1. An Engineer's letter to Albert Lai一封給黎廣德的信
Dear Mr. Lai,
I wish to write to you yesterday after receiving your mail because I share so much of your feeling. I intended to do this in Chinese, but it took me a long time to type out a few lines last night, and I gave up. Today, at the front page of many newspapers, there is the Secretary's photo announcing the construction of the high speed rail link to China. I felt so dejected in seeing that. Where are we engineers?
I shared your pride of being a professional civil engineer when I got the MICE after years of hard work . I saw my title at the level of doctors and lawyers, and certainly much higher than being a teacher or bank manager. I am proud of being a professional who could make independent judgment on issues and defend our professionalism. However, as we see, as years gone by, we are far lag behind, being overtaken by many other professions. In the eyes of the public, we speak for the prestige class, but not the general public. Now, I even feel ashamed of being an engineer and I would not tell people that I am an engineer. What had gone wrong? I try to bring this down into 3 areas to facilitate discussion:
We engineers in society - we are now being labelled by the public as a group of "conservatives" who worked for the wealth and justify their being continuing with creating more wealth. We are far behind in having our voice heard in the public media standing up to speak for the people. We are selfish.
Engineers in the government organisation - Since the disbandment of PWD, we are not a powerful group in the government structure anymore. Followed by weak engineers leader who would never stand up to say NO to the AO, we have become "slaves" (I hate to use this word) to them. We are trailed to a second or even third class professional, surpassed by many other grades in government. We are in the present situation because some of our engineers are selfish. They are willing to sacrifice our professionalism for the sake of their own promotion opportunities. The AOs are very happy to see us having a weak engineer head. See the police; can the AO put their hands into it?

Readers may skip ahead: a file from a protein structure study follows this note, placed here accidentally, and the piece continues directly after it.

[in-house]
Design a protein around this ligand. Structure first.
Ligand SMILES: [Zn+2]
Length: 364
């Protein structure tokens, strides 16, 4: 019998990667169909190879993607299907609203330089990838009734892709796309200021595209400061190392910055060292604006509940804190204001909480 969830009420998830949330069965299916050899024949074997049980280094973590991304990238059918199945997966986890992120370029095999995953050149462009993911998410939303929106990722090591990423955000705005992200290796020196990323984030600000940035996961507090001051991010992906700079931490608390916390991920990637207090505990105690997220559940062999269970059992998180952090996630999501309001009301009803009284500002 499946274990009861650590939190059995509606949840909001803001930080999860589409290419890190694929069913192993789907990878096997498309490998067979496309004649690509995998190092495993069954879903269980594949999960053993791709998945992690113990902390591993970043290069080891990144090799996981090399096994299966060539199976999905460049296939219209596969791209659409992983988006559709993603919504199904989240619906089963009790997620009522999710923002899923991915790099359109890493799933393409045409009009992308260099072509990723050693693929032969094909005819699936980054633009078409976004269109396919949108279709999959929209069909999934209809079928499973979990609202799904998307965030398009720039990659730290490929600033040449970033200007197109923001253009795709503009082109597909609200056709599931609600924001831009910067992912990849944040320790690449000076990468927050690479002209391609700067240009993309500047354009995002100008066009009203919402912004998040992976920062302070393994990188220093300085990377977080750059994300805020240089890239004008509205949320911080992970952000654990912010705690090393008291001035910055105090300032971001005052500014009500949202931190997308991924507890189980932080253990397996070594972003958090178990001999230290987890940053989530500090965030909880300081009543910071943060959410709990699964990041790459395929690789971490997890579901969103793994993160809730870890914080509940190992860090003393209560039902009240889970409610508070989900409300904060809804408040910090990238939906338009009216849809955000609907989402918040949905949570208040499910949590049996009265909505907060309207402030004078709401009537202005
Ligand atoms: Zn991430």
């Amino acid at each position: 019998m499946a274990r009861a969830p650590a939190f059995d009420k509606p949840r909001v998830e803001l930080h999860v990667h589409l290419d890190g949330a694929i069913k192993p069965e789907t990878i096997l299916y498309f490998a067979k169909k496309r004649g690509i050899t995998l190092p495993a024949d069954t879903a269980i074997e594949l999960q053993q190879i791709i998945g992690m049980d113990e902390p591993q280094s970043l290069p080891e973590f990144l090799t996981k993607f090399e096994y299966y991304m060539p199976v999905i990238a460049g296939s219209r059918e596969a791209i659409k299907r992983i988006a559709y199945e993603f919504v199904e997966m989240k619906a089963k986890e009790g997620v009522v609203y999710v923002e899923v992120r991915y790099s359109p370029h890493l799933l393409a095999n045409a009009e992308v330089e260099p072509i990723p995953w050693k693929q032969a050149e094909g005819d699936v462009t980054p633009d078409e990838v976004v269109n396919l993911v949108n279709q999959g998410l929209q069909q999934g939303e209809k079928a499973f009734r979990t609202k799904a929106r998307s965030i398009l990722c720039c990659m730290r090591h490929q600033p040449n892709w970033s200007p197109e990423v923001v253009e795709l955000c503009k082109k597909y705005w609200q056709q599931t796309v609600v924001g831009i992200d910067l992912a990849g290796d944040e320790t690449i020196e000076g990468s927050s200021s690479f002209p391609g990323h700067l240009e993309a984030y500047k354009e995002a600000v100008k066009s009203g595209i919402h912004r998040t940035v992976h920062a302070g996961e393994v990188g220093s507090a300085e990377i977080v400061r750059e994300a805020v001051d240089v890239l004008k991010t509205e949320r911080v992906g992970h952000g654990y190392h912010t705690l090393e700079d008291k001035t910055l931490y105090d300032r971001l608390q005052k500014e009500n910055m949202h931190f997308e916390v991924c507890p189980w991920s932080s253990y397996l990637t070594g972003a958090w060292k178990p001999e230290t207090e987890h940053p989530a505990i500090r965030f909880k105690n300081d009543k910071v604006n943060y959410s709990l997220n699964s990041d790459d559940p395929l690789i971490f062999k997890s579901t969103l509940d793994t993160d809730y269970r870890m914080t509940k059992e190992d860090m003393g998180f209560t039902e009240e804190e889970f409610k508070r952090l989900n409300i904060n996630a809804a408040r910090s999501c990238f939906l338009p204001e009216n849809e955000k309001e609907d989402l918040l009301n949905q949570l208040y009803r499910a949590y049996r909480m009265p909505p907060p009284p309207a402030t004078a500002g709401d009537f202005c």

The standard of engineers - I could see our standard dropping over the decades. The professional exam cannot upkeep our standard, particularly during the years when we had an acute shortage of engineers in the late '80s and early 90s.
I am very happy to see someone like you standing up to try to do something to help our profession. Though I am not too optimistic, it is better than doing nothing. I write here to give you encouragement to continue with the good work you have done so far.
2. Reply from Albert Lai 黎廣德的回函
Thank you for writing this heart-felt letter, for which I am truly grateful.
I can sense your pride, your passion and your frustration throughout the long years of striving to be a conscientious engineer dedicated to the public good. These are the core values we Hongkongers, not only engineers, should learn to uphold.
Yes, we have gone through a long decline in many aspects but all is not lost: we have not lost our passion for change. You and your words are themselves testimony to the free human spirit. In our hearts we know what is wrong, and what needs to be put right.
Sometimes the external obstacles may be too big for individual effort to make a dent of it. Yet these times will not last. When more and more people are aware of where we are and why we are here, the passion for change will grow, and the obstacles will no longer be immovable.
I have kept this faith for the last three decades, and I have witnessed changes against all odds.
But I will not be able to do it alone. I need people like you to make change possible. You can help now by spreading the words, sending the message to your friends and colleagues, reminding them to register as voters before May 16, and inviting them to connect with me so that our network for like-minded engineers may grow